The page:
Intel sees wireless computing set to soar

According to an international survey on the communication habits and needs of business travellers released last fall by Intel Corp., 71 per cent of business travellers are convinced that wireless fidelity (Wi-Fi) will enable them to seize a communications advantage over their competition. While only one in ten of these road warriors has tried Wi-Fi, nearly 90 per cent see wireless computing in their future. Being without Internet access while travelling puts business people in an awkward position with bosses, co-workers and customers who have become accustomed to expect prompt email responses, the Intel survey reveals.

When working in the office, 31 per cent of road warriors reply to email within one hour, compared to only seven per cent responding within an hour when travelling, said Intel. Thirty per cent do not respond to email for 48 hours or more while on a business trip. One third of survey respondents said that by not having timely access to the Internet while on the road, they have suffered significant consequences such as missed meetings, lost revenue, irate customers, disappointed family members and even job termination.

With built-in Wi-Fi viewed as the next logical step in mobile computing, 70 per cent of respondents said they intend to buy a Wi-Fi-enabled notebook when they make their next notebook PC purchase.

The survey was fielded with airport intercept interviews among business people who take at least eight to 10 overnight trips a year. The 437 respondents represented Asia, Canada, Europe, Latin America and the United States.

The survey also revealed that 64 per cent of Canadian business travelers take their laptops on business trips.

Doug Cooper, country manager, Intel Canada, points out that many IT shops at Canadian manufacturers and retailers are looking at ways to use wireless to get at hard to reach environments and reduce the cost of communication. He says “a lot has been done on wireless to make it a more cost-effective communications infrastructure than having to drag wires.” However, there remains a “perceived exposure [that] all your information is floating out in the ether.”

Because of this, until the last part of this year, most companies have tried to clamp down on the use of wireless and have not thought about its ROI.

While Cooper admits that wireless can be a security risk, he also argues that it can be more secure than wireline, provided security precautions are taken.

He says it is important to disable the unit’s file sharing capability and to use a firewall where the Internet connects to the wireless device. “What a lot of companies have done at this point is put their access point hardware outside their company firewall so that if anyone did crack into it, they cannot get to company information.”

Also, if the unit is stolen, proprietary or confidential information must remain secure. That often involves encrypting a file system on the machine. If someone got to the internal network inside the firewall, the information is still encrypted whereas normal traffic over a wire is not encrypted because the feeling is that it is safe, he notes. Some companies, like IBM, provide hardware assistance with encrypting, he adds.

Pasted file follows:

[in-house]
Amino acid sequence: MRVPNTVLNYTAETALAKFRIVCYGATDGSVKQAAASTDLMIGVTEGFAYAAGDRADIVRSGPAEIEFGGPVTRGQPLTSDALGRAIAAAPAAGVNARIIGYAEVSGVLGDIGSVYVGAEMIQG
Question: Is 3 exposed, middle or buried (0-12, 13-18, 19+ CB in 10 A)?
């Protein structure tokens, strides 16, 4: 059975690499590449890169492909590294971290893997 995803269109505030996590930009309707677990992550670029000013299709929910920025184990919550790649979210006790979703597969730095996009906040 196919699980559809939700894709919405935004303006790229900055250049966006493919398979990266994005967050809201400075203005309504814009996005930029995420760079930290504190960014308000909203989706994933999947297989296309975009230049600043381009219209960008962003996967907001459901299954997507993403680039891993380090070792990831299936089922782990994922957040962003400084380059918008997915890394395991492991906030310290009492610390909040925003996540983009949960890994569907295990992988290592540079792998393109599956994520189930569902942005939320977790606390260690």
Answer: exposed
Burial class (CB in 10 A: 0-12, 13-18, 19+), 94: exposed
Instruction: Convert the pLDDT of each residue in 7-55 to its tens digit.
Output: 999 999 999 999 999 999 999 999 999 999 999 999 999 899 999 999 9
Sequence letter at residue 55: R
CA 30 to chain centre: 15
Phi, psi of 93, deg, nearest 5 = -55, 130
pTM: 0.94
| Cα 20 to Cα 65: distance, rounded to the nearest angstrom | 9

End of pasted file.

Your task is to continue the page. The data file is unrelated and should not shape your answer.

Cooper admits that the current protocols such as WEP (wired equivalent privacy) are more of a privacy issue as opposed to a true security component, but predicts that systems will become “a lot more robust into 2004.”

Also, anyone that uses wireless uses VPN to connect to the company network, which allows people working at home to use the public Internet service securely, he says. “Now there is more proof of concept as the early adopters really saw the benefit [of wireless],” he adds. “They had a problem, wireless solved it and they have figured out the ways to lock down the network. If that knowledge was broadly known, there would be a lot more adoption of wireless.” Intel fully expects that wireless will be the standard practice at home, within the office building and on the road, says Cooper.

Another plus on the horizon for wireless is what he describes as “a general move to have switching gear become more intelligent.” Microprocessor technology in switching gears allows them to be more adaptable and multi-functional. The newer switches will replace the existing switches in communications which have a fairly fixed function and are not designed to deal with new and emerging threats, he says.

He says the potential exists today to have very high performance processors at the edge of the network.

He cites the example of an online retail site receiving a denial of service attack where multiple locations getting hit from a single IP address are kept too busy to service outside requests. “An intelligent switch would recognize that it was getting packets coming in at such a frequency that it would filter out the traffic from those locations. That would dynamically, within milliseconds, turn off any type of denial of service attack.”

He says the intelligent switch would also be able to determine if the packets coming in have viruses, a Trojan or is from a masked site and so represent a potential security risk.

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